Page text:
Currently, Connecticut’s electricity sector uses more than 300 trillion BTUs per year to generate about 30 terawatt-hours of electricity, the draft said. About 47% of that electricity is generated by the Millstone Nuclear Power Station, which has two nuclear reactors operating in Waterford, Conn. About 45% is produced by natural gas-fired power plants, which over the last several years have largely replaced older coal- and oil-fired facilities as gas prices have declined and coal and oil prices have increased. This shift to a relatively clean fuel mix means that emissions of pollutants like NOx and SO2 have dropped to all-time lows in the state. Connecticut’s electricity sector today emits only 18% of the state’s greenhouse gas emissions, even though it consumes 38% of the primary energy used in the state, the draft report said.
Connecticut’s RPS requires that 20% of generation serving state customers be from renewables by 2020. Meeting the 2020 RPS goal will require the development of 6,196 gigawatt-hours, or nearly 3 gigawatts of low-carbon supply, which is more than 25 times the amount of power generated by Class I resources (i.e., solar power, wind power, and fuel cells) within Connecticut in 2011, the draft said.
This draft strategy proposes to ramp up renewable energy using a new “finance” model designed to draw private capital into promising alternative power projects. It also seeks to harness market forces to lower the costs of renewable energy. The draft said that Connecticut’s first-in-the-nation “green bank,” the Connecticut Clean Energy Finance and Investment Authority (CEFIA), lies at the heart of this “finance” approach. This draft strategy proposes that CEFIA expand its portfolio of flexible financing mechanisms to promote further investments in renewable power from a wide range of private sector companies deploying a diverse set of technologies.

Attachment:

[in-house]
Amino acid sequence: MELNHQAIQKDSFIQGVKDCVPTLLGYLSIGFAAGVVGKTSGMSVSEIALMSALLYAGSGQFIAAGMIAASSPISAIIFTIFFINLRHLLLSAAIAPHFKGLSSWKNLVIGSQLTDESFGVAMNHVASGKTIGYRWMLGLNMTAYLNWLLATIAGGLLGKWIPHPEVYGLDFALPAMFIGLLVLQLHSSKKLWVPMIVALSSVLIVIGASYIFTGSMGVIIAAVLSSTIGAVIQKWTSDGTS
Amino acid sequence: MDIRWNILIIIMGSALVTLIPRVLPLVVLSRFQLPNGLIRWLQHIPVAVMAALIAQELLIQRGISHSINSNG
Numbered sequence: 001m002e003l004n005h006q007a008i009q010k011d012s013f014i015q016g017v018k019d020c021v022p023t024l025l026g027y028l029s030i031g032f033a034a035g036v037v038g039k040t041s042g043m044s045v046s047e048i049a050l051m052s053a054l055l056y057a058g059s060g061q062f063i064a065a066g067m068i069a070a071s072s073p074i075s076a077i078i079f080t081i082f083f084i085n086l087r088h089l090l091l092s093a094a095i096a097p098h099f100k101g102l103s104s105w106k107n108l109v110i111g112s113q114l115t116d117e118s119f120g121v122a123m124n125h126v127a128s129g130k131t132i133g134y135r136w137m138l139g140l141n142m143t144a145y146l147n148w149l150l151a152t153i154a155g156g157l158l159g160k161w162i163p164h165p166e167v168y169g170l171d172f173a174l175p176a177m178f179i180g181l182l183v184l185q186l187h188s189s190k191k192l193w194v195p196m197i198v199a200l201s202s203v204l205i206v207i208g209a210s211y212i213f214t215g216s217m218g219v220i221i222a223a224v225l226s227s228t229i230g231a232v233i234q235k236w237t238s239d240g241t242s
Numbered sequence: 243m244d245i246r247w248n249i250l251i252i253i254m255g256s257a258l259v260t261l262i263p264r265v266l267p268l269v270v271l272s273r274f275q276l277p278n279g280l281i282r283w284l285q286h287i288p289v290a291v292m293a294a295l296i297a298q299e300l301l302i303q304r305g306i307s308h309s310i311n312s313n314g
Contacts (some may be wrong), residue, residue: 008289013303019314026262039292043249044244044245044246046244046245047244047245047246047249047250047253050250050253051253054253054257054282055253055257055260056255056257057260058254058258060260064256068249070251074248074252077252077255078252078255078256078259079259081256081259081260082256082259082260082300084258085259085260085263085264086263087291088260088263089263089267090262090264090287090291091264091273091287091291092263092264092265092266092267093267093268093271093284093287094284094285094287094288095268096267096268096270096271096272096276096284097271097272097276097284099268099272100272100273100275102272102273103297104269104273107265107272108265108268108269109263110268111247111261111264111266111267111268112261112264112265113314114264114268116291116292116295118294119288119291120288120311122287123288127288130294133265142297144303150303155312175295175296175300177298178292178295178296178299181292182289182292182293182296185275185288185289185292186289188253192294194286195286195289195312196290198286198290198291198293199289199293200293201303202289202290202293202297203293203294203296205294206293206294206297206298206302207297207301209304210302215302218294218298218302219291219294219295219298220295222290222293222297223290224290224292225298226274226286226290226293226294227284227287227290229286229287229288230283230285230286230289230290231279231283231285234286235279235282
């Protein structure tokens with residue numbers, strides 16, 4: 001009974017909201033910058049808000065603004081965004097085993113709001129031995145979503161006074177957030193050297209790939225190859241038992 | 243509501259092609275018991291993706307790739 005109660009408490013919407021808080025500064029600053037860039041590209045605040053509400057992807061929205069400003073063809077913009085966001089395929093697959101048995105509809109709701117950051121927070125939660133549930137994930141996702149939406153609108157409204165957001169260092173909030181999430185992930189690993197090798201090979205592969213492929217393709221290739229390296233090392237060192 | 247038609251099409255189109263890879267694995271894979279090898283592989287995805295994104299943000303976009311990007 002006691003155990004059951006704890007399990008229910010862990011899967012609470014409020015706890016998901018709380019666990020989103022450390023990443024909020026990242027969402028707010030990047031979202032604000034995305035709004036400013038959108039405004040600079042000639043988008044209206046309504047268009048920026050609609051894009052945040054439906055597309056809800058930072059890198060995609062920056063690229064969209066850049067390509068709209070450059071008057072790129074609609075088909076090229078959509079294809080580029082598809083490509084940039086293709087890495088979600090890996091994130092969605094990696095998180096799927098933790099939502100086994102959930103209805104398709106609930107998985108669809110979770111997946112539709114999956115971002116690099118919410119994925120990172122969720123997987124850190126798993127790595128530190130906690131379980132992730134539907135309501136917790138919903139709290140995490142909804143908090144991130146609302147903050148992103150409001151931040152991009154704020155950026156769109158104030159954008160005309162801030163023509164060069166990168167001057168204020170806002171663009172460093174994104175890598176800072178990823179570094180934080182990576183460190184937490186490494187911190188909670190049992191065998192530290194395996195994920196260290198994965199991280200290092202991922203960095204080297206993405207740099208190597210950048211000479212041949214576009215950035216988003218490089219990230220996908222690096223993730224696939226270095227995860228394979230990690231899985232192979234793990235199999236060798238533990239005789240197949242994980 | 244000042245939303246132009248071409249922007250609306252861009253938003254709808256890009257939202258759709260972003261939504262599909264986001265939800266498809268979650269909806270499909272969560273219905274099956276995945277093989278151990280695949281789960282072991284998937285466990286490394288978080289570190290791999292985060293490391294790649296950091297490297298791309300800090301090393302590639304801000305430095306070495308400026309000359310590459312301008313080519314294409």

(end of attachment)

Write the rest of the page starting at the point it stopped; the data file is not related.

DEEP is also preparing a study of the state’s RPS targets and timetable with an eye toward evaluating the impacts of allowing additional clean resources. These additional clean resources may qualify for some portion of the new RPS in a way that reduces overall costs while promoting more extensive in-state development of traditional renewable resources. Options could include qualifying resources such as geothermal, or large-scale hydropower from Canada and elsewhere, increasing efficiency and Combined Heat and Power (CHP), and the potential for cost-effectively developing in-state resources. Consideration will also be given to whether the current percentages for various classes of renewables and the timeframes for compliance still support overall RPS objectives. The RPS study will consider the regional renewables potential, including where resources are located, and their transmission and siting needs.
“The resource potential of Canadian hydropower is enormous,” the draft said. “Hydro Quebec is currently planning development of 4,500 MW of large-scale hydro projects; much more potential remains untouched. Of course, the vast majority of this resource is inaccessible today due to lack of transmission connections. There is currently a proposal for a large direct current transmission line that would bring hydropower from Quebec into New Hampshire. This line has a proposed capacity of 1,200 MW, meaning that the maximum energy import into New England from this project would be 1,200 MW x 8,760 hr/y, or 10,512 GWh/y. Of course, additional transmission projects would increase the portion of Canadian hydropower potential that New England could utilize.”